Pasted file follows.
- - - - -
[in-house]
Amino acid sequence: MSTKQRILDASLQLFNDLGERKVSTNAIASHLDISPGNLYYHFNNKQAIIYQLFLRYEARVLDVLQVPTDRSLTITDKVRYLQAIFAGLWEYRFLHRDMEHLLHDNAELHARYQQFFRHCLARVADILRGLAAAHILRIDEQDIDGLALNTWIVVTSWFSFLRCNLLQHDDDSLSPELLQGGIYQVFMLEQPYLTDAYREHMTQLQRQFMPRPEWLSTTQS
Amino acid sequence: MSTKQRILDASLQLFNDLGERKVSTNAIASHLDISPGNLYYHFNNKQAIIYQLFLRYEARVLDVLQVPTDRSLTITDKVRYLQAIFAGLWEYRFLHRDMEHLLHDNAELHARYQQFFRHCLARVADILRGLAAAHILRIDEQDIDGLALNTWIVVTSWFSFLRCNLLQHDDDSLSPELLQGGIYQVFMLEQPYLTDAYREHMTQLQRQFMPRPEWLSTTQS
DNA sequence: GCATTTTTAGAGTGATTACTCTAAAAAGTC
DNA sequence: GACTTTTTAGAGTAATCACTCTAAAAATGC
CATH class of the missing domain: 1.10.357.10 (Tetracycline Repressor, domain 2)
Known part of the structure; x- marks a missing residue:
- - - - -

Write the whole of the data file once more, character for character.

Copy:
[in-house]
Amino acid sequence: MSTKQRILDASLQLFNDLGERKVSTNAIASHLDISPGNLYYHFNNKQAIIYQLFLRYEARVLDVLQVPTDRSLTITDKVRYLQAIFAGLWEYRFLHRDMEHLLHDNAELHARYQQFFRHCLARVADILRGLAAAHILRIDEQDIDGLALNTWIVVTSWFSFLRCNLLQHDDDSLSPELLQGGIYQVFMLEQPYLTDAYREHMTQLQRQFMPRPEWLSTTQS
Amino acid sequence: MSTKQRILDASLQLFNDLGERKVSTNAIASHLDISPGNLYYHFNNKQAIIYQLFLRYEARVLDVLQVPTDRSLTITDKVRYLQAIFAGLWEYRFLHRDMEHLLHDNAELHARYQQFFRHCLARVADILRGLAAAHILRIDEQDIDGLALNTWIVVTSWFSFLRCNLLQHDDDSLSPELLQGGIYQVFMLEQPYLTDAYREHMTQLQRQFMPRPEWLSTTQS
DNA sequence: GCATTTTTAGAGTGATTACTCTAAAAAGTC
DNA sequence: GACTTTTTAGAGTAATCACTCTAAAAATGC
CATH class of the missing domain: 1.10.357.10 (Tetracycline Repressor, domain 2)
Known part of the structure; x- marks a missing residue: